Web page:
Many free trading platforms make it attractive to buy stocks within all kinds of companies, but this is a fool’s errand that will not lead to too many gains. Unless you are a billionaire hedge fund or a member of r/WallStreetBets and are putting tens of thousands of dollars into different stocks, you waste time and money by holding a dozen or so stocks.

The solution? When you are starting out, aim to fill your portfolio with one to three stocks. After you have achieved some success, you can expand your horizons and cap your list at eight. Anything more is going overboard.

6. Diversify Your Portfolio

The key to a successful long-term investing strategy is diversification. The most successful investors in history have diversified their portfolios. At the same time, it is important not to over-diversify because then it suggests that you do not know what you are doing. It is a balancing act, indeed.

An example of a diversified portfolio is the Swensen Model of Asset Allocation. It looks like this:

  • 30% bonds
  • 20% real estate funds
  • 30% domestic stocks
  • 5% emerging market domestic stocks
  • 15% developed world stocks

As you gain comfort and confidence in the investment process, prioritize smart diversification of your portfolio, using these percentages as a guideline.

7. Forget Penny Stocks

A penny stock is the name of any small company’s stock that generally trades for less than $5 per share. A penny stock turning into the next Amazon overnight is about as likely as winning the lottery. Even a $0.50 stock turning into a $20 one is a rare phenomenon. If you are confident or passionate in a company’s products or services, there is no harm acquiring 100 shares, but take note that penny stocks are widely considered high-risk investments. Therefore, is not worth putting a massive stake in these penny stocks since the odds of high or consistent returns are extremely low.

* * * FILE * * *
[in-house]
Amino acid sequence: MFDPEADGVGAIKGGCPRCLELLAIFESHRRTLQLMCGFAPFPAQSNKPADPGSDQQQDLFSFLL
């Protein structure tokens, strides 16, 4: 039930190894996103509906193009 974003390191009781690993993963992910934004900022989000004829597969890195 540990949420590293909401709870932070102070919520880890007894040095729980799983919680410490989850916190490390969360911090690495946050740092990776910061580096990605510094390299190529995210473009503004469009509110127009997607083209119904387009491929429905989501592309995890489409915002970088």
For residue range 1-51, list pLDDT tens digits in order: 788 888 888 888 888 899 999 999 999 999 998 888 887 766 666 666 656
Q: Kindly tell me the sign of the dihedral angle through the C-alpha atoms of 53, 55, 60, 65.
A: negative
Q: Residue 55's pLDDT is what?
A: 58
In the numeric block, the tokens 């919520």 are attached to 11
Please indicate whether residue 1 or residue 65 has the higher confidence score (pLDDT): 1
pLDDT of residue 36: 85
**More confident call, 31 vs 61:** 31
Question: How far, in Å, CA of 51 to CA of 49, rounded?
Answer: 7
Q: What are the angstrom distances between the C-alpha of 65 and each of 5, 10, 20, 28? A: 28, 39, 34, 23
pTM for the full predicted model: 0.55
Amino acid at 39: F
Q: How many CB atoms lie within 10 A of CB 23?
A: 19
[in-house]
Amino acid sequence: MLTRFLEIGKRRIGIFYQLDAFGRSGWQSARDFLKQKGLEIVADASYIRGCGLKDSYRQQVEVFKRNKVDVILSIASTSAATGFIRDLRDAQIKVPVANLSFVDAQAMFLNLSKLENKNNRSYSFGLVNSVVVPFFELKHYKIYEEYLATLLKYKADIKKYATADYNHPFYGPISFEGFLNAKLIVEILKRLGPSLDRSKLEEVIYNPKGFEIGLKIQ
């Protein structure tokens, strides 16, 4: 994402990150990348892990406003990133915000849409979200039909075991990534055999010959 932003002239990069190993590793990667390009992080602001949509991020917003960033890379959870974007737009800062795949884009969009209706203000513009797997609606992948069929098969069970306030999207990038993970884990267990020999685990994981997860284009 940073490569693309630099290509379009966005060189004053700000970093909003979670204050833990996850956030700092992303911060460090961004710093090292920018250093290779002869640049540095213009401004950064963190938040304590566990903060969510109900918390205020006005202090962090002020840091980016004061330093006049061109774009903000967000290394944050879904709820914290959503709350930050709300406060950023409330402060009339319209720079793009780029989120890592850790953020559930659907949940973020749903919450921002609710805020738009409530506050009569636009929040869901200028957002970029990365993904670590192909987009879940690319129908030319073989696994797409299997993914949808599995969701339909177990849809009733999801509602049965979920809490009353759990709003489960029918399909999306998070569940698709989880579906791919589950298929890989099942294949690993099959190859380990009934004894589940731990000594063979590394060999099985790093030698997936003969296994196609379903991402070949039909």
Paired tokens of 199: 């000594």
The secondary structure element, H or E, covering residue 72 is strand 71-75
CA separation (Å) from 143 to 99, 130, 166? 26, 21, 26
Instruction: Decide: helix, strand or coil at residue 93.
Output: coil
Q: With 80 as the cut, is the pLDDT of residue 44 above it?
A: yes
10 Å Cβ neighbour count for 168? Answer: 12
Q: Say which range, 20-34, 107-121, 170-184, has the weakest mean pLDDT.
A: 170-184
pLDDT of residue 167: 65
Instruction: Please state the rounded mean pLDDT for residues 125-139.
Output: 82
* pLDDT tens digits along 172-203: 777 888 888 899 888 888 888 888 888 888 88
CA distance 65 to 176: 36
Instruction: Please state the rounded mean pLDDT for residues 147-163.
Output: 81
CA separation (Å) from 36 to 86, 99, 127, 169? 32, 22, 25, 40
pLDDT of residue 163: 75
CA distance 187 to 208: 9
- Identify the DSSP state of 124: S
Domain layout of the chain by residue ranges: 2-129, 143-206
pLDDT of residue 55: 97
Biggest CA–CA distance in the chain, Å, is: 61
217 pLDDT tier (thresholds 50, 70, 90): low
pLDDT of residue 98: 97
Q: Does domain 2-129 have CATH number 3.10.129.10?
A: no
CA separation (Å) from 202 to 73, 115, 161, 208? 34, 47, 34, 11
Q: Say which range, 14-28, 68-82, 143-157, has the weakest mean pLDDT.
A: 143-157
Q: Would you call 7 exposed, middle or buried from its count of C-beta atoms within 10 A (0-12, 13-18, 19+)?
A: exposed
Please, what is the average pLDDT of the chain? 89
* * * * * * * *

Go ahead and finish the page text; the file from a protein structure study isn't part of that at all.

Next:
In today’s environment of ultra-low interest rates and rising price inflation, your savings could be devalued over time. As a result, you may need to get more involved in the financial markets to ensure your hard-earned dollars and cents are not eroded by external factors. A long-term investment strategy is the best way to balance inflation risks and allow your money to work for you.